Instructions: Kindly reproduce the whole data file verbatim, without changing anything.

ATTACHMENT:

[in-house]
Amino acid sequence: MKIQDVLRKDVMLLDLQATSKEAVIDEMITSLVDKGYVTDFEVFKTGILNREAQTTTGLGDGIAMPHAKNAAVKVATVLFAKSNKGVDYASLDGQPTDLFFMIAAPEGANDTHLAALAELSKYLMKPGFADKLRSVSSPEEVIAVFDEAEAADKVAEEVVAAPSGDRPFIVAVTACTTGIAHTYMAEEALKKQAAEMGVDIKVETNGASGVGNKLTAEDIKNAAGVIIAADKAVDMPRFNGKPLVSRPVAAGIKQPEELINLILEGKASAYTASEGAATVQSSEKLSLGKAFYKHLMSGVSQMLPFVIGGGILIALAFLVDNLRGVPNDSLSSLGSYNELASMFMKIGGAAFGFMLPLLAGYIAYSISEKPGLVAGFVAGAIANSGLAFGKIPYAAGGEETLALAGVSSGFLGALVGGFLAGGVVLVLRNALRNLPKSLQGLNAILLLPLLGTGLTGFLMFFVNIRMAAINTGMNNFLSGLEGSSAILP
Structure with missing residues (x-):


[in-house]
Amino acid sequence: MKIQDVLRKDVMLLDLQATSKEAVIDEMITSLVDKGYVTDFEVFKTGILNREAQTTTGLGDGIAMPHAKNAAVKVATVLFAKSNKGVDYASLDGQPTDLFFMIAAPEGANDTHLAALAELSKYLMKPGFADKLRSVSSPEEVIAVFDEAEAADKVAEEVVAAPSGDRPFIVAVTACTTGIAHTYMAEEALKKQAAEMGVDIKVETNGASGVGNKLTAEDIKNAAGVIIAADKAVDMPRFNGKPLVSRPVAAGIKQPEELINLILEGKASAYTASEGAATVQSSEKLSLGKAFYKHLMSGVSQMLPFVIGGGILIALAFLVDNLRGVPNDSLSSLGSYNELASMFMKIGGAAFGFMLPLLAGYIAYSISEKPGLVAGFVAGAIANSGLAFGKIPYAAGGEETLALAGVSSGFLGALVGGFLAGGVVLVLRNALRNLPKSLQGLNAILLLPLLGTGLTGFLMFFVNIRMAAINTGMNNFLSGLEGSSAILP
Structure with missing residues (x-):